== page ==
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|The Rockies said goodbye to the Sky Sox.
Goodbye, Colorado Springs. Nice knowing you. Goodbye, Tulsa. It was fun while it lasted. See ya later, Pasco, good luck in the future.
The Colorado Rockies announced big changes on Wednesday, moving their two top level minor league affiliates from Colorado Springs and Tulsa and signing on with Albuquerque and New Haven, Connecticut respectfully. The new Single-A affiliate is yet to be determined.
The move comes as a slight surprise. Colorado Springs specifically has been the Rockies Triple-A affiliate from the beginning. The one hour drive up I-25 has been a very convenient trip for the players shuttling back-and-forth between the two teams.
Going away from Colorado Springs is something that has been coming for quite some time. The relationship between the two clubs has seemed to be at odds for a long time. For at least 10 years, the Rockies have had issues with the playing field at Security Service Field. If the playing surface wasn’t bad enough, the altitude, something that concerns the Rockies greatly, has never been a good fit for the Rockies.
While Albuquerque is one mile above sea level, just like Coors Field, the wind that Colorado Springs often deals with isn’t as prevalent as it is in New Mexico as the constant breeze towards the outfield that happens an hour south of Denver. Albuquerque is no pitcher’s haven, but the change gives the Rockies the option to have their top affiliate be just a little closer to the actual conditions they will deal with at the big league level.
Another factor, one that many people aren’t aware of, is that the Sky Sox fly out of Denver. They charter a bus and head to the Denver airport every single time they have to go anywhere. The Colorado Springs airport has greatly reduced it’s flights in recent years, forcing the Sky Sox to take the journey to Denver every trip.
That might not seem like a big deal, but consider that from Security Service Field it is about an hour and 15 minutes to Denver International. Now, factor in a charter bus and getting in late at night and early in the morning and consider how tired the Sky Sox most likely are after every single trip.
The distance the Sky Sox have to travel may have not been a factor, but it probably doesn’t help when considering grooming players to be ready for the big leagues.
The greater question for Rockies fans is simple. Are the Rockies starting fresh? Have they decided to start making changes that will continue into the offseason? Plainly spoken, are the Rockies going to fire Dan O’Dowd and clean out the entire front office? The answer is no. The reality is, O’Dowd isn’t going anywhere. Bill Geivett might be cleaning out his clubhouse office at the end of the season, but even that would be a huge surprise, as far as it looks for now.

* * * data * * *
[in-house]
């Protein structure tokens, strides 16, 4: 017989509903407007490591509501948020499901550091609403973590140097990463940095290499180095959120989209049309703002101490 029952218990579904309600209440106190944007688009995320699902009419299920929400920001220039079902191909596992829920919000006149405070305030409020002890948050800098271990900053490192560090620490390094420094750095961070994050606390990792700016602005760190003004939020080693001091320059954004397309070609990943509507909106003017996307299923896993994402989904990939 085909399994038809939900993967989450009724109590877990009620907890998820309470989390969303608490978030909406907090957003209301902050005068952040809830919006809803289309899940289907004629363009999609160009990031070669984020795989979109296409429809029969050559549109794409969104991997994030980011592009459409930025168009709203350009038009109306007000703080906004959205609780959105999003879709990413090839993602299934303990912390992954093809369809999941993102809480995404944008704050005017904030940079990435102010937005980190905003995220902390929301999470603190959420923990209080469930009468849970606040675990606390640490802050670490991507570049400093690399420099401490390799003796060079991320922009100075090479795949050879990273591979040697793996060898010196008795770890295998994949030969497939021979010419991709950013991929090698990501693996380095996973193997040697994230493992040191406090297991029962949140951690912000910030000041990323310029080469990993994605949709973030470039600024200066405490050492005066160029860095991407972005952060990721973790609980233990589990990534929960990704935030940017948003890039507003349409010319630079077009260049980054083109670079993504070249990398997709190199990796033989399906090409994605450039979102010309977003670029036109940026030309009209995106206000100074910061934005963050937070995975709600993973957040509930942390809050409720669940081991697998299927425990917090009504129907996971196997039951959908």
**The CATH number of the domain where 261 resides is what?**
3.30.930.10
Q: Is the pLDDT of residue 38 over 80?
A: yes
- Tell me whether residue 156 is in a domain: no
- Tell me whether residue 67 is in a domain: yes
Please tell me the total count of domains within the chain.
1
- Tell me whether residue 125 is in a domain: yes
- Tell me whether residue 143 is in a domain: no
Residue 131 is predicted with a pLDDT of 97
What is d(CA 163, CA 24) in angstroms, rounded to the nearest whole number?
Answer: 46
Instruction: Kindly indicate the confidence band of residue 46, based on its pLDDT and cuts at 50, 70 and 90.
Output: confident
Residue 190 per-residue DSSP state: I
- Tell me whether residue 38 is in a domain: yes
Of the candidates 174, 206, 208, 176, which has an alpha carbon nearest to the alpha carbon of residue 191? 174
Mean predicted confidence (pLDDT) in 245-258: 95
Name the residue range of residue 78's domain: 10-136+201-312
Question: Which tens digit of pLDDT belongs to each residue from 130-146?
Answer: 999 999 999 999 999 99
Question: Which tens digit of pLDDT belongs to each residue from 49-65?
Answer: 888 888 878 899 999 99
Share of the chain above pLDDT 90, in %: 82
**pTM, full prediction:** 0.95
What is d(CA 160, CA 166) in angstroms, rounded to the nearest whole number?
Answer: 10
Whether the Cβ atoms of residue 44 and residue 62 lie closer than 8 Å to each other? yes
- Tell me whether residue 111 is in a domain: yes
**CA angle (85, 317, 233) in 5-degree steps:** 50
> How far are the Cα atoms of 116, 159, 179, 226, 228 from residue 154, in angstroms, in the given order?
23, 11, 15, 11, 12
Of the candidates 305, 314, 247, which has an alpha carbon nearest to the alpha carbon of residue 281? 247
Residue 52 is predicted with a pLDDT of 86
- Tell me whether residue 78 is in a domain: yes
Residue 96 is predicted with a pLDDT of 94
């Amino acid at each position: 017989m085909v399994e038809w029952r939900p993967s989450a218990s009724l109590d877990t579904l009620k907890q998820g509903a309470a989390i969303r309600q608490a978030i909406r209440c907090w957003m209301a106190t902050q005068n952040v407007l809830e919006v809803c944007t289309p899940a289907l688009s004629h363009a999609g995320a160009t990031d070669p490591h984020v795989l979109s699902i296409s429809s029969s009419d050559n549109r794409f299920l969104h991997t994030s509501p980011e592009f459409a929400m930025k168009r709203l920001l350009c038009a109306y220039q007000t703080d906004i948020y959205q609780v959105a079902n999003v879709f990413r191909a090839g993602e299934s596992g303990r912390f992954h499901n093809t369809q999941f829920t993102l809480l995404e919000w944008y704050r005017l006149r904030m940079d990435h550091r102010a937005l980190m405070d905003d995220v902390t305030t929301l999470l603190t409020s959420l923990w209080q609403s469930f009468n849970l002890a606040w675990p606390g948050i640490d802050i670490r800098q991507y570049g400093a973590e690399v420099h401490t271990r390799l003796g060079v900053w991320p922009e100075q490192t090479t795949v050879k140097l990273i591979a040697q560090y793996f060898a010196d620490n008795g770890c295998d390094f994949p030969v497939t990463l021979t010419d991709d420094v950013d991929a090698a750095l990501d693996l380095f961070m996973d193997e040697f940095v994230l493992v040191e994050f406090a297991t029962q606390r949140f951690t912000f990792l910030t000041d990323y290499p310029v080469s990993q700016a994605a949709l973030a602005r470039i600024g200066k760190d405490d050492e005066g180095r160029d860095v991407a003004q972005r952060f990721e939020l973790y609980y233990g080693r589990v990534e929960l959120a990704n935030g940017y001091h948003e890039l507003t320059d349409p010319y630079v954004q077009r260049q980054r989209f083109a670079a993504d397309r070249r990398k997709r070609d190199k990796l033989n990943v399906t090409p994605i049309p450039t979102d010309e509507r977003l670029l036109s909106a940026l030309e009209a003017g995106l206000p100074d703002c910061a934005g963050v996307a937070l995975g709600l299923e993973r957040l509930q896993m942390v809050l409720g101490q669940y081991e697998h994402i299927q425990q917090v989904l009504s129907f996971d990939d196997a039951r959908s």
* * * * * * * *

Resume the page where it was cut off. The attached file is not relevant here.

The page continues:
Dick Monfort, a baseball novice at best, has anointed himself to be right in the middle of all of the baseball decisions. He knows he isn’t smart enough about baseball to make the decisions, so he has to lean on O’Dowd, someone who he believes has more knowledge than anyone in the baseball world. Getting rid of him simply wouldn’t make sense for Monfort.
On the field the Rockies offense has finally decided to show up again. The club scored eight runs in the 1st inning on Wednesday, giving Jorge De La Rosa far more run support than he would need. The lefty picked up his 14th win of the season, giving him a shot to win his final two games and tie his career-high with 16 wins.
Even when the Rockies put together a great game, the reality is, when the team is 30-plus games below .500 in mid-September, it simply means nothing. As great of a performance as the Rockies could have had on the field, it gets overlooked and that is simply the way it goes.
While the Rockies changing affiliates became the big news before the game, it might be the only type of change that the club actually sees. The Rockies are intent on sticking by their crazy theories and the excuse mindset. Until that gets old and reality hits that the model isn’t working, things will stay the same, regardless of where the prospects are coming from.